DoD may need to stand up multiple access points for heavily used services / compositions; and the “sweet spot” will likely differ in times of war vice times of peace.

  • Testing was conducted until “error thresholds” were reached:
    • Round trip time (90 sec)
    • Error (15%)
  • Specific findings
    • A mean of 3.06 Connections per Second could be achieved
    • WSDLs define interfaces, but not valid service use
what dod must create to get there
What DoD must create to “get there…”
  • Loosely coupled, relevant, “right-sized” services that can be leveraged across continuously changing processes.
  • New governance that can deal with complex management of distributed, loosely coupled, dynamically composable services.
  • A better understanding of maintenance implications:
    • How long does it take? How will other components or clients be impacted?
    • Components with low or unknown MTBF should be highly accessible and easily replaceable…can this be automated?
  • Rapidly deployable, virtual, continuous test environment
    • Examples provided on the next two slides …
something like elba
…something like ELBA? **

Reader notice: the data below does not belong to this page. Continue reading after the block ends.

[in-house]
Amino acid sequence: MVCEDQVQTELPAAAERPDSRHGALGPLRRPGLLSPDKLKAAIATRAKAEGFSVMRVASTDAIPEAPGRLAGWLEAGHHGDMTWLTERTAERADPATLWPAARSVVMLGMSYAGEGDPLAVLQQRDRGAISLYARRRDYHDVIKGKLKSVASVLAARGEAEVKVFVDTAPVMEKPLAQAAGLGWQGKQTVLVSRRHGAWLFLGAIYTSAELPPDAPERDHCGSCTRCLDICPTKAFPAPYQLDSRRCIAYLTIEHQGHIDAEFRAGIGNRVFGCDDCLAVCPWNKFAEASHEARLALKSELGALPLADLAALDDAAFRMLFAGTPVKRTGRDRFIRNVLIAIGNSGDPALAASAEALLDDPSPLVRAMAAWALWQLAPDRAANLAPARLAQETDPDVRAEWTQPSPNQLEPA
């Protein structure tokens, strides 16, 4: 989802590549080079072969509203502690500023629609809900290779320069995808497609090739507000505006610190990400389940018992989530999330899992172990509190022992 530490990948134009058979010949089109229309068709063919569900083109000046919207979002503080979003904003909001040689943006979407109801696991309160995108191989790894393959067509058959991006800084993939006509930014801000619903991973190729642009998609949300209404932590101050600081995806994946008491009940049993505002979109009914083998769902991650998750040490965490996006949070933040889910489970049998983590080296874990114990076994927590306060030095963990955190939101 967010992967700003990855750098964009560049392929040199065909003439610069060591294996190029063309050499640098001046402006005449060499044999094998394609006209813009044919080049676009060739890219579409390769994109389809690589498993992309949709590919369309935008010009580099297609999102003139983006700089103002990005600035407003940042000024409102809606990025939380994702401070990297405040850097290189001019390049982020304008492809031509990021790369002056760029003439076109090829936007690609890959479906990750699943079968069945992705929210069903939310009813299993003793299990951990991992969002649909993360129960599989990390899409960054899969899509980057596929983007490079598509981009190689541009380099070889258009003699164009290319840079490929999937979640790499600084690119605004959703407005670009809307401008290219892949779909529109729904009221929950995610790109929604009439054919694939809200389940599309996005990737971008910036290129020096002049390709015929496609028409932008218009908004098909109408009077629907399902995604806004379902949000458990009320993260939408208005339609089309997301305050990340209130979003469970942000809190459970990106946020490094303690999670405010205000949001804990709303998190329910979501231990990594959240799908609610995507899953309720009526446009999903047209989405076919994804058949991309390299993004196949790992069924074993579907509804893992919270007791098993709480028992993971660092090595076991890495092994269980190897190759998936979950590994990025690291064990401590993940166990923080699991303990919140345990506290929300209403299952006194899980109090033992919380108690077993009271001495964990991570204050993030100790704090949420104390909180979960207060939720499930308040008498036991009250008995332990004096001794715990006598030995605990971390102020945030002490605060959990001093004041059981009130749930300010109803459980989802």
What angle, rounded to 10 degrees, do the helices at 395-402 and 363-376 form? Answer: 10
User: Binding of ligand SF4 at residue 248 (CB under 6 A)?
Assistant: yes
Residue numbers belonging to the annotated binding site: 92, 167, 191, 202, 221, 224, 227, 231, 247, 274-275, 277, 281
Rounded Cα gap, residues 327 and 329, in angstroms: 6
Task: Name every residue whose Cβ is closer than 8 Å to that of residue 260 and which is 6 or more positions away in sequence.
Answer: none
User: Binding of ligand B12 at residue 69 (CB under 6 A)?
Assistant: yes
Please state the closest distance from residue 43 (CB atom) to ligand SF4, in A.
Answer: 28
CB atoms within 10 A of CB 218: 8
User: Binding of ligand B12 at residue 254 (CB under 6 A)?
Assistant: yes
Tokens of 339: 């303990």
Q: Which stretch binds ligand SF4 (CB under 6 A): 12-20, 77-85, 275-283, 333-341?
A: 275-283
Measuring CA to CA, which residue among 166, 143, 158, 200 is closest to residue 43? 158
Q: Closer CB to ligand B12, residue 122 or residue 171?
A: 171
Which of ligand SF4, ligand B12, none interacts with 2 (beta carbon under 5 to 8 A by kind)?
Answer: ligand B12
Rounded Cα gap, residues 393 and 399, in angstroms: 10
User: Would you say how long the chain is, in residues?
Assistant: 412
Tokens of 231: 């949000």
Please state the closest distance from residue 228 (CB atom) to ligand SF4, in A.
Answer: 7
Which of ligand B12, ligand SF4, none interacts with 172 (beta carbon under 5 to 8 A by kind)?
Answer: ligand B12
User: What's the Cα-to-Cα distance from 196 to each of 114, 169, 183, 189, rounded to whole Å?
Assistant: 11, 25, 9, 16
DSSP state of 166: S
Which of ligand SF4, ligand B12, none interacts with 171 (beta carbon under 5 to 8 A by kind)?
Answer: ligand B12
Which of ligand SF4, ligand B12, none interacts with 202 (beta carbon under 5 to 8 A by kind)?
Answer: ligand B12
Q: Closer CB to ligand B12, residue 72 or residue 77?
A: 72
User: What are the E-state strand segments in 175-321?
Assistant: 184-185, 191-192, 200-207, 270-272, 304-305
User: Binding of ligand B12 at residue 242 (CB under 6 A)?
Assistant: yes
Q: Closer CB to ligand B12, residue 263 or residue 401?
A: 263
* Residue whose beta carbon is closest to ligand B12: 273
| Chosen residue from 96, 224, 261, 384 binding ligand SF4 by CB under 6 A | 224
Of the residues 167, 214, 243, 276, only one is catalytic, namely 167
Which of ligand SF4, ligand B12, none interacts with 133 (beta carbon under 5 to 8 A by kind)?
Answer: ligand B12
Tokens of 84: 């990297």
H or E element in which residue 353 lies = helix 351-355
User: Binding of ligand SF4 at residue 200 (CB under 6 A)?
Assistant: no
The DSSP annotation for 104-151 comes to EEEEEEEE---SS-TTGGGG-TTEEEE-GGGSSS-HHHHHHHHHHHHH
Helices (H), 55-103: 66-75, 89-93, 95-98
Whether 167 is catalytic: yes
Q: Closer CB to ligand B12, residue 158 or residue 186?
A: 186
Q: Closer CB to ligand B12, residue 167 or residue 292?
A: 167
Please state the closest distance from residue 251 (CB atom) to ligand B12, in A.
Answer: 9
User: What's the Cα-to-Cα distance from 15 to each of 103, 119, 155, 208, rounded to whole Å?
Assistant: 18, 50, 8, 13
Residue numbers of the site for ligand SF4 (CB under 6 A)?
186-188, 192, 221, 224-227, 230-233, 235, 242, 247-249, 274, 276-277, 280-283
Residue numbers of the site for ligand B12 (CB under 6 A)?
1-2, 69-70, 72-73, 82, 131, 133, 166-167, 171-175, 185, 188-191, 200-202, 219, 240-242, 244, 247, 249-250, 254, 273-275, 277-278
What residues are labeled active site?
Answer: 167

1) Developers provide design-level specifications of model and policy documents (as input to Cauldron) and a test plan (XTBL).

2) Cauldron creates a provisioning and deployment plan for the application.

3) Mulini generates staging plan from the input components referred to from XTBL (dashed arrows).

4) Deployment tools deploy the application, monitoring tools to the staging environment.

5) The staging is executed.

6) Data from monitoring tools is gathered for analysis.

7) After analysis, developers adjust deployment specifications or possibly even policies and repeat the process.

** see http://www.static.cc.gatech.edu/systems/projects/Elba/pub/200604_NOMS_mulini.pdf

or starship
…or STARSHIP?

POC: Ms. Janet McDonald

(520) 538-3575 (DSN 879)

Janet.McDonald@us.army.mil

PM ITTS IMO – Ft. Huachuca

Key component of the Electronic Proving Ground Command, Control, Communications, Computers, Intelligence, Surveillance and Reconnaissance (C4ISR) tool kit for live distributed test environments.

Provides a “threads-based” composable environment to plan, generate planning documents, verify configuration, initialize, execute, synchronize, monitor, control, and report the status of sequence of activities.

Freely available & customizable to any problem domain.

Complexity may be a barrier.

what mitre is doing
What MITRE is doing
  • “Our hypothesis is that web service optimization can be realized through
  • machine learning techniques and statistical methods. In this research we intend to find a computational solution to the problem of creating and maintaining web service processes.”
  • c2c-composable-c2-list and Community Share site
  • Composable C2 is a “Grand Challenge Problem” within 2009 MITRE Innovation Program (MIP):